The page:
This morning I read an interesting piece by my friend Alec Couros and a colleague of his at the University of Regina, Katia Hildebrandt. The post examines a shift happening in some education circles away from a focus on online safety to a focus on active digital citizenship. Online safety lessons and curricula have mostly focused on how students can avoid harmful or dangerous behaviors, like identity theft, online predators, cyberbullying, etc. Digital citizenship encompasses a broader discussion involving how to interact and participate in a positive manner online. Alec and Katia share a useful resource that contrasts the two here.  Taking it further, they advocate that students be taught to move beyond this personal responsibility focus to one that emphasizes a type of “participatory citizenship” that addresses social problems and the systems that perpetuate them.

I heard a great example of this in the closing keynote by Reshma Saujani at ISTE last week. Ms. Saujani shared the revelation she had during a campaign for congress several years back. Visiting  computer classes as she campaigned, she noticed the pronounced absence of female students. Seeing this as a significant problem for our society, she decided to attack the problem head on by creating a website and a coding club for a small group of girls. She engaged leaders in non-profit foundations, schools, industry, and government in conversations about the gender gap in computer science and has been able to introduce tens of thousands of girls to coding and computer science through her Girls Who Code foundation.

The idea of students using the power of technology and the internet to affect social change is not new, but it is also not the norm in too many schools. As Alec and Katia assert, many schools are still engaging only in a discussion of the consequences of negative behaviors and unsafe practices online.  This is depriving our students from the opportunity to experience empowerment as citizens and engagement as learners. In many schools, online safety or digital citizenship lessons are included only as add-ons, filler activities that allow schools to check off their compliance with state or federal expectations, such as e-Rate requirements. How much more powerful would it be to get students involved in actual citizenship and advocacy as local or global issues and needs arise during the course of instruction. Innumerable opportunities exist during the study of history, science, literature, etc.

The following are a few ideas of my own for engaging students in these types of digital activism or participatory citizenship within the framework of an existing curriculum:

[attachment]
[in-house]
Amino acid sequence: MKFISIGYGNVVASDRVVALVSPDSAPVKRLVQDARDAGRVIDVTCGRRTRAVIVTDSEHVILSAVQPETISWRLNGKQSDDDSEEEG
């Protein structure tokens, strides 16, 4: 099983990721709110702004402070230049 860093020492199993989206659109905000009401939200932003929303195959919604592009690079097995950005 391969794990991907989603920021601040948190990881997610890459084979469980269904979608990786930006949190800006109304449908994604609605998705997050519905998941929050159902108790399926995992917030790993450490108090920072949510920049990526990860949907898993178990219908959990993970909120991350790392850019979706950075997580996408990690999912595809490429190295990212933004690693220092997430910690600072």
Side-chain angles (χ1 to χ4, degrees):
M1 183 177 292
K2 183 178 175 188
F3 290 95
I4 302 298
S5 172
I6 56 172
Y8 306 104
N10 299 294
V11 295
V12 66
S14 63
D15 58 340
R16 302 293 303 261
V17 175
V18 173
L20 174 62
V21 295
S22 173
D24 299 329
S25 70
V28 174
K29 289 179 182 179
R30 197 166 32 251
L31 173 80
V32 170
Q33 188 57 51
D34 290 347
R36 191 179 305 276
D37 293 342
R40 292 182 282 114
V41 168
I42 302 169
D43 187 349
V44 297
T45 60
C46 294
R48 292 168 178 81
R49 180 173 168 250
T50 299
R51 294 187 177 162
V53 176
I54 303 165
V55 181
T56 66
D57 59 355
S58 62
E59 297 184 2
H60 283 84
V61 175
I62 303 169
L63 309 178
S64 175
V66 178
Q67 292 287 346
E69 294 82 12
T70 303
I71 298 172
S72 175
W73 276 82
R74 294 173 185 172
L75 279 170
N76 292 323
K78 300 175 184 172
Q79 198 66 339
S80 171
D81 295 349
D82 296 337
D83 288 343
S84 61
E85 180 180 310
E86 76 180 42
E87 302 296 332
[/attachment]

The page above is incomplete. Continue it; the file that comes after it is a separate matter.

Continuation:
• Build passion by connecting issues to the students’ world. Does this problem still exist? What impact is it having on me or others? Why is it important?
  • Research the problem. Apply critical skills and media literacy to answer the questions still remaining.
  • Engage students in solution-focused imagining. What could be done to alleviate or solve this problem? Who or what is needed to tackle the issue?
  • Give students the tools to be heard. Teach students to use tools such as blogs, podcasts,  wikis, YouTube, or Twitter allow students to share the issues they are passionate about with a global audience.
  • Connect to other stakeholders. The internet can allow students access to experts, other groups working on a problem, or even those most impacted by the issue.
  • Encourage creative and impactful application. As students learn new technologies, have them explore ways to use them to solve real problems (e.g. using 3D printers to create prosthetic limbs).

These ideas are influenced by and sound a lot like project based learning, problem based learning, or service learning, certainly. And like these pedagogies, students engaging in active, participatory, digital citizenship need more time and flexibility with their projects and products and teachers who are capable of facilitating classrooms with greater levels of student control.

What are your thoughts? Is a focus on online safety good enough for schools? What are you doing with students to promote the use of technology for social impact?